Registered dietitian nutritionists, personal healthcare professionals, and U.S. government agencies are the three most trusted sources for providing accurate information on food safety and types of food to eat. Specifically, trust in the U.S. government went up this year from last year for information on food safety (26% in 2015 to 37% in 2016) and for types of food you should be eating (42% to 52%). This is notable, given that trust in government agencies increased despite this years Survey inclusion of new, additional response options being added to the list of trusted sources.

    Groups morelikely to trust:Age 50-80,Women

    Age 50-80, Higher income, Higher BMI

    Men

    Age 18-49

    Age 18-34, Lower income

    Age 18-34

    Registered Dietitian/Nutritionist

    Your personal healthcare professional

    US government agencies

    Health-focusedWebsite, such as WebMD

    A friend or family member

    Fitness professional

    Farmer

    A food expert on TV

    Health, food and nutrition bloggers

    Food company or manufacturer

    Groups morelikely to trust:

    Age 50-80

    Age 18-49

    Age 18-49

    Men

    Food safetyTypes of food you should be eating

    2016 n=1,003

    Which one of these sources would you trust the most to provide accurate information about the following issues? (Select up to 3.)

    Almost four-in-ten (37%) have read or seen something in the last year that examined the food system and/or commonly held beliefs about diet.

  • 6

    HEALTHY EATING STYLE

    International Food Information Council Foundation 2016 Food & Health Survey

    Healthfulness continues to be a top driver in food purchasing decisions. Nevertheless, little research has been done to understand Americans definition of healthy in relation to food and eating styles. When asked to provide an open-ended definition of a healthy food, Americans top definition centered on what the food does not include. More than one-third of responses (35%) were a variation on [a healthy food is a food that] does not contain (or has low levels of) certain [unhealthy] components. The other top two responses defined healthy foods as good for you (18%) or contains certain [healthful] components (17%). However, when asked about healthy eating

    styles in an open-ended question, Americans definitions included themes of moderation and variety. The top three definitions were variations on moderation/ [focus on proper] serving sizes and portions (26%), includes certain foods that I define as healthy (25%), and the right mix of different foods (21%). The most popular responses to a close-ended probe on the definition of healthy eating styles were the right mix of foods (51%), while limited or no artificial preservatives or ingredients (41%) took the second spot and natural (37%) was a close third.2016 Aided version n=502; Unaided version n=501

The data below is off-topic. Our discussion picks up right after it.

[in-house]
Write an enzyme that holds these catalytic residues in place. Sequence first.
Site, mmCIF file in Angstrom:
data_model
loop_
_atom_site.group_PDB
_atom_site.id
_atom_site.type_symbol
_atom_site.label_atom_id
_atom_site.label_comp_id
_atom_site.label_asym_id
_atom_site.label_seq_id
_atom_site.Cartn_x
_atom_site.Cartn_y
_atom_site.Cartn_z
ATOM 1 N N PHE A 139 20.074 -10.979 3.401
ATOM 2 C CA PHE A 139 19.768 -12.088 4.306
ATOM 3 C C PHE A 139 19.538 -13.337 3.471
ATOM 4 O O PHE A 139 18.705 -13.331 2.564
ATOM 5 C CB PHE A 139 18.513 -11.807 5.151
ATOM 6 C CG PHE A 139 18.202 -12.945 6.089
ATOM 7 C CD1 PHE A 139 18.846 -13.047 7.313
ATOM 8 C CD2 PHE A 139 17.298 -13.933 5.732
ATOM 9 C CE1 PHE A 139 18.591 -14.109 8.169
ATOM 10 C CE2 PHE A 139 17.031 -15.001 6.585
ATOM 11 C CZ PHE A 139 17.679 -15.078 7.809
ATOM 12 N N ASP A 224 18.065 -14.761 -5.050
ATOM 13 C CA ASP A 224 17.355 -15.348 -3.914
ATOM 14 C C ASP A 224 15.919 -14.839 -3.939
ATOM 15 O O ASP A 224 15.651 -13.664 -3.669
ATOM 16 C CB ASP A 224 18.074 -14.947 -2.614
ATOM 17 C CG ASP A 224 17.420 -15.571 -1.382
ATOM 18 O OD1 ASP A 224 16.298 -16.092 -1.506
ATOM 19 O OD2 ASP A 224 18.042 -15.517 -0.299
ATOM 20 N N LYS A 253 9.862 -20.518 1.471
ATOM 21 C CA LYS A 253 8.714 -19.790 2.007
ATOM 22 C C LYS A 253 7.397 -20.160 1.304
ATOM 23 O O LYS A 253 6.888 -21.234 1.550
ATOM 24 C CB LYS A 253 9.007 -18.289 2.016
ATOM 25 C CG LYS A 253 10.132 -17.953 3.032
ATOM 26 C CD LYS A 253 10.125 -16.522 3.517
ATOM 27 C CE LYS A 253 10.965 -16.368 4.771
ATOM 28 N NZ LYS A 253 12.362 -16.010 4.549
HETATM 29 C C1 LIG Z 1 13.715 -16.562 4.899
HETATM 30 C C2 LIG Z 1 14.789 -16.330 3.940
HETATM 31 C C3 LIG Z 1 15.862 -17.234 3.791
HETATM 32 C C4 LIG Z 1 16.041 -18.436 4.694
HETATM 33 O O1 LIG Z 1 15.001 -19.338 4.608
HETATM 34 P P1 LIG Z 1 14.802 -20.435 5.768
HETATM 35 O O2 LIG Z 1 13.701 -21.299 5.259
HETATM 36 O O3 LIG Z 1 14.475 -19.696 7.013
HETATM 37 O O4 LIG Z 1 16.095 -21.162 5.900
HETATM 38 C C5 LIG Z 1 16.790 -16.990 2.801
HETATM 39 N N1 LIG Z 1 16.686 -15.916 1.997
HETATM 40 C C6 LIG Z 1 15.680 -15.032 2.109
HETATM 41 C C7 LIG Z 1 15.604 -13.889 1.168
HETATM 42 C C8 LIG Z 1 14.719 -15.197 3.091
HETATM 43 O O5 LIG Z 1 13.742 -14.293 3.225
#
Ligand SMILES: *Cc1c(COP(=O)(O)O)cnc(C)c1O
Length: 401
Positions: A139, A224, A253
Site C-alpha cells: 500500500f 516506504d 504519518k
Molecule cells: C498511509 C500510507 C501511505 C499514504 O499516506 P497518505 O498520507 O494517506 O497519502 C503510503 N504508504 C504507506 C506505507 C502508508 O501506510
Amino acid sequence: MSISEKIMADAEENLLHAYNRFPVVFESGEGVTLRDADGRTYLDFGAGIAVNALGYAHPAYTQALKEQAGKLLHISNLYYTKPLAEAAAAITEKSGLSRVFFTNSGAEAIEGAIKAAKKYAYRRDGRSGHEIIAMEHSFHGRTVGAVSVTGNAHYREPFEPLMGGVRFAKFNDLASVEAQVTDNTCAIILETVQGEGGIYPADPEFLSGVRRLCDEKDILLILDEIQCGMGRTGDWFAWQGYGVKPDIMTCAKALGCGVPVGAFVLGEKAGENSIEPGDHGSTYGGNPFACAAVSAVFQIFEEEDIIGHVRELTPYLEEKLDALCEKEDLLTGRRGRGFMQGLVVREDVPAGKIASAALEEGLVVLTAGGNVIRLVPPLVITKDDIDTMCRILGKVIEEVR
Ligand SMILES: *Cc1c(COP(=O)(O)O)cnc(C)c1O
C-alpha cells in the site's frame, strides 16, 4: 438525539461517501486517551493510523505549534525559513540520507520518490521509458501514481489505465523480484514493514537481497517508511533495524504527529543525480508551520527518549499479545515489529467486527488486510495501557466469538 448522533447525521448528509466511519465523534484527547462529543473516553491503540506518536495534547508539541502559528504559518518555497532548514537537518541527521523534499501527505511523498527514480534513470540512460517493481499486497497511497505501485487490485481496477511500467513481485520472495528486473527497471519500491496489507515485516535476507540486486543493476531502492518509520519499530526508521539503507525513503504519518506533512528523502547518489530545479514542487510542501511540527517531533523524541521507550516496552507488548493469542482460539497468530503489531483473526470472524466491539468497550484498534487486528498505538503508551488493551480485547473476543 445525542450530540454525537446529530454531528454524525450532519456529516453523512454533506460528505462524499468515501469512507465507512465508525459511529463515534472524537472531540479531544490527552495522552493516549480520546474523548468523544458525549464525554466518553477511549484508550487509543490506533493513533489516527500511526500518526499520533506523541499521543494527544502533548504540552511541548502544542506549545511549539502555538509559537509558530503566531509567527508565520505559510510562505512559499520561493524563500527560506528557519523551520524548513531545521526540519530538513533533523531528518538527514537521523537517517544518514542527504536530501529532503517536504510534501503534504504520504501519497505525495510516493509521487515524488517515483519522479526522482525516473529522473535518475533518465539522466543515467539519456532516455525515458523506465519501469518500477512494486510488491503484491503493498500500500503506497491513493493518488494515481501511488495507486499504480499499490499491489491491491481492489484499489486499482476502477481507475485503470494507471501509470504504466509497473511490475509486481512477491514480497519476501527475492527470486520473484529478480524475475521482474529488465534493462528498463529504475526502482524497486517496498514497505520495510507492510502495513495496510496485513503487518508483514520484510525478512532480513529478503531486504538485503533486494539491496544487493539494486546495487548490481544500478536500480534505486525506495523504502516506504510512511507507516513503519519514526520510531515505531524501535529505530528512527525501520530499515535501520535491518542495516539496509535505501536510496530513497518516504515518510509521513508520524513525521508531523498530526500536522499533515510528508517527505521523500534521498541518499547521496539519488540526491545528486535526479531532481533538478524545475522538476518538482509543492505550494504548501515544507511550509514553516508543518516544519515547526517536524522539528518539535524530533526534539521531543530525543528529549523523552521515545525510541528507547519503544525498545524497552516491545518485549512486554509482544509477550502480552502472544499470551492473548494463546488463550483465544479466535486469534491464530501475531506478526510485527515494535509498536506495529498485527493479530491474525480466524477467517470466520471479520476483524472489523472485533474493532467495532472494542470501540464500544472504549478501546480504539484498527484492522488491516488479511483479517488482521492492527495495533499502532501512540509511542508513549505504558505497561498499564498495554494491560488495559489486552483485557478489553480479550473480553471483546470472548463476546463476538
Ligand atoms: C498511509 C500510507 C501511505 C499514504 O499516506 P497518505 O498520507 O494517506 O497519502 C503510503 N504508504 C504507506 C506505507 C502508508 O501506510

Comparison Between Aided vs. UnaidedHow do you define a healthy eating style?

    Aided (Top 3 choices)

    Unaided (Open-end response)

    Responses in both aided and unaided versionsThe right mix of different foods 51% 21%Limited or no artificial ingredients or preservatives 41% 2%Natural foods 37% 3%Can easily be incorporated into my daily routine 36% 0%Flexible and easy to maintain over time 26%

  • 7

    HEALTHY EATING STYLE

    International Food Information Council Foundation 2016 Food & Health Survey

    Overall, Americans continue to think that they are in good health. More than half of Americans (57%) rate themselves in very good or excellent health, and only about ten percent rate themselves in fair or poor health. Americans rating of their health status correlates with an actual health condition, as Americans who are currently being treated for chronic disease are more likely to rate their health as fair or poor.

    As in past years, the vast majority of Americans are trying to maintain or lose weight. More than half of respondents (57%) are trying to lose weight, while nearly a quarter (29 %) are trying to maintain. The number of those trying to lose weight increased significantly compared to 2015 (52%), while the number trying to maintain weight has decreased slightly compared to last year (23%). Of those trying to lose weight, more than a third (34%) are trying to lose more than ten pounds.

    Many Americans are making an effort to choose more healthful options. More than three-quarters (76%) of Americans report making small changes to achieve an overall healthier diet. Eight-in-ten (81%) have made an effort to eat more fruits and vegetables, with three-in-ten have made this change in the past year. Similarly, most are trying to cut calories by drinking water or low and no-calorie beverages (76%), eating more foods with whole grains (65%), cutting back on foods higher in added sugars (70%), and consuming smaller portions (66%). In fact, the average American is doing at least six of ten healthful eating behaviors. Women, college graduates, those with higher income, and those in better health were more likely to report engaging in the healthy eating behaviors. When probed about their motivations for adopting healthy eating behaviors, most Americans say that they made the changes either to lose weight (63%) or